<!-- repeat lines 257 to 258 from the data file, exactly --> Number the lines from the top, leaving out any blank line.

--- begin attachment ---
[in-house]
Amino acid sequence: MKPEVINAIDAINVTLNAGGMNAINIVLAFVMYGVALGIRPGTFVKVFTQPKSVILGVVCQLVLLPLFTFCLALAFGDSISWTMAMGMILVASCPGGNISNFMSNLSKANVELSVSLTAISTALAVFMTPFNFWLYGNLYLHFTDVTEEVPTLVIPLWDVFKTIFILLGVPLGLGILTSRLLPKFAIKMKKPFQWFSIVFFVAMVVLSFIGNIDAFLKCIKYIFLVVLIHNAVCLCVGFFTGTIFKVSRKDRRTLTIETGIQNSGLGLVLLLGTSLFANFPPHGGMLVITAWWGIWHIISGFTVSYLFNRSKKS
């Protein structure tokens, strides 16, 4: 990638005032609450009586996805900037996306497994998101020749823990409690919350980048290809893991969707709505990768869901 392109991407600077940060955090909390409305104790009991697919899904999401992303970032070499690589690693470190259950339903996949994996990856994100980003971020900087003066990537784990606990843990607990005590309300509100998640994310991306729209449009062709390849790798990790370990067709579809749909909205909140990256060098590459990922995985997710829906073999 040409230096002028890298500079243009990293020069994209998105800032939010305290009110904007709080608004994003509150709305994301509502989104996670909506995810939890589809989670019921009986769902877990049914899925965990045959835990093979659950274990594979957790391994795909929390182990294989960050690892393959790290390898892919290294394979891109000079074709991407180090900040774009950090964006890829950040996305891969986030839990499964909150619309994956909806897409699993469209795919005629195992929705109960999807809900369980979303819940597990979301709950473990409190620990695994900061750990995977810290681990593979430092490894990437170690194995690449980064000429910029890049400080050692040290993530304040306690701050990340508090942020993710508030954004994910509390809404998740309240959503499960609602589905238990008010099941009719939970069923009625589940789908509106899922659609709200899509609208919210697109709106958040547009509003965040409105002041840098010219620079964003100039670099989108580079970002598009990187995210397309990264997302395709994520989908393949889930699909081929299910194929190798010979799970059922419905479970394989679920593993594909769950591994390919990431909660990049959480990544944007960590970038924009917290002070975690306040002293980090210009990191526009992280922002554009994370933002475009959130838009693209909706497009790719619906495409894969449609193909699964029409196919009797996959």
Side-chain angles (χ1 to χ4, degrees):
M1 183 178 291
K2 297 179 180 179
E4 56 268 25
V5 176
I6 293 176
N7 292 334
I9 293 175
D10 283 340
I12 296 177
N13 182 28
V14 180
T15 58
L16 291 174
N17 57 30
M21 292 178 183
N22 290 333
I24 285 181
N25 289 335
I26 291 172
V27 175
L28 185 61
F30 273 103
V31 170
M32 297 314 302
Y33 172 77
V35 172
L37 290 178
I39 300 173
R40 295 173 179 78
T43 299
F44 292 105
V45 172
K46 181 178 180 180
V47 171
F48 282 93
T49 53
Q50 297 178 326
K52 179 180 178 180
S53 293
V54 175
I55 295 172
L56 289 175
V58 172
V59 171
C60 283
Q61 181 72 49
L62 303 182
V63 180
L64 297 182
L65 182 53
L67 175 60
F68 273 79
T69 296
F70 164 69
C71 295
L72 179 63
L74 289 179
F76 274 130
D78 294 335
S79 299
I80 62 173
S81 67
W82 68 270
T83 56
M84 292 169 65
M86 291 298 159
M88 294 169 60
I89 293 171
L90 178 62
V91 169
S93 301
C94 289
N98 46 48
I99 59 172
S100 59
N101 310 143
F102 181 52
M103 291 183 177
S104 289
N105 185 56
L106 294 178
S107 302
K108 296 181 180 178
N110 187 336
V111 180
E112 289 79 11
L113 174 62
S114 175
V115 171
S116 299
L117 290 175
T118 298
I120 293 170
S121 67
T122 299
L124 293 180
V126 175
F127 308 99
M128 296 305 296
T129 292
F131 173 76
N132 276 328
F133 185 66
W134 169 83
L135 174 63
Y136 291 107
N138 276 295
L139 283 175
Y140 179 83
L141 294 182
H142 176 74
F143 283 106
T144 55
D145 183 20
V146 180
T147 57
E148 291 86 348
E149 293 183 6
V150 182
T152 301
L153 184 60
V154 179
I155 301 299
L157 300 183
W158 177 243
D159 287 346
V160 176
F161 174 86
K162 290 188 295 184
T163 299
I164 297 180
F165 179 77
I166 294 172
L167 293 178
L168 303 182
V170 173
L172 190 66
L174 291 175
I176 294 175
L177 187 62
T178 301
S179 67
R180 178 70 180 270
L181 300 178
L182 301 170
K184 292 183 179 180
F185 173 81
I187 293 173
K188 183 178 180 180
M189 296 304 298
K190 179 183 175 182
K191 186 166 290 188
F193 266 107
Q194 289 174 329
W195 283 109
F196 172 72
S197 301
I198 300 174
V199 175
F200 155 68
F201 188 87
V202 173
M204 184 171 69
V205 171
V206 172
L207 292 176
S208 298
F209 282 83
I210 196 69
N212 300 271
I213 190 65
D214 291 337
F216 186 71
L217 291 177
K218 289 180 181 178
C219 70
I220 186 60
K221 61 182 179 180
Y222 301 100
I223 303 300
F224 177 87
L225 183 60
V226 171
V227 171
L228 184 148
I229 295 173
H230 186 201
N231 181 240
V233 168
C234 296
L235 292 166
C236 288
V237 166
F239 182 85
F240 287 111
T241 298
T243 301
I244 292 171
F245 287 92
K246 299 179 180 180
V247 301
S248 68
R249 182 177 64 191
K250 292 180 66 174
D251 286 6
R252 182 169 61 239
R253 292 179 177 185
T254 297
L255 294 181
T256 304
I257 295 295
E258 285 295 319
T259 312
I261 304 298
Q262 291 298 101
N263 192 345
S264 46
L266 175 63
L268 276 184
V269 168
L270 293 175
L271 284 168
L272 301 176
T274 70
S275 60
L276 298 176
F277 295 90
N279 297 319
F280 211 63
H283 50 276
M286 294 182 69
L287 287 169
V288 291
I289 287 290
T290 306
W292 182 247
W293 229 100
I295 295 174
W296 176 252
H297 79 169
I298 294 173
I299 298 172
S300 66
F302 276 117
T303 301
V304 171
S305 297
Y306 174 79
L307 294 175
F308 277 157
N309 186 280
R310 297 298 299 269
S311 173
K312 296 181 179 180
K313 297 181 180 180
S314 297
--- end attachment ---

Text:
S311 173
K312 296 181 179 180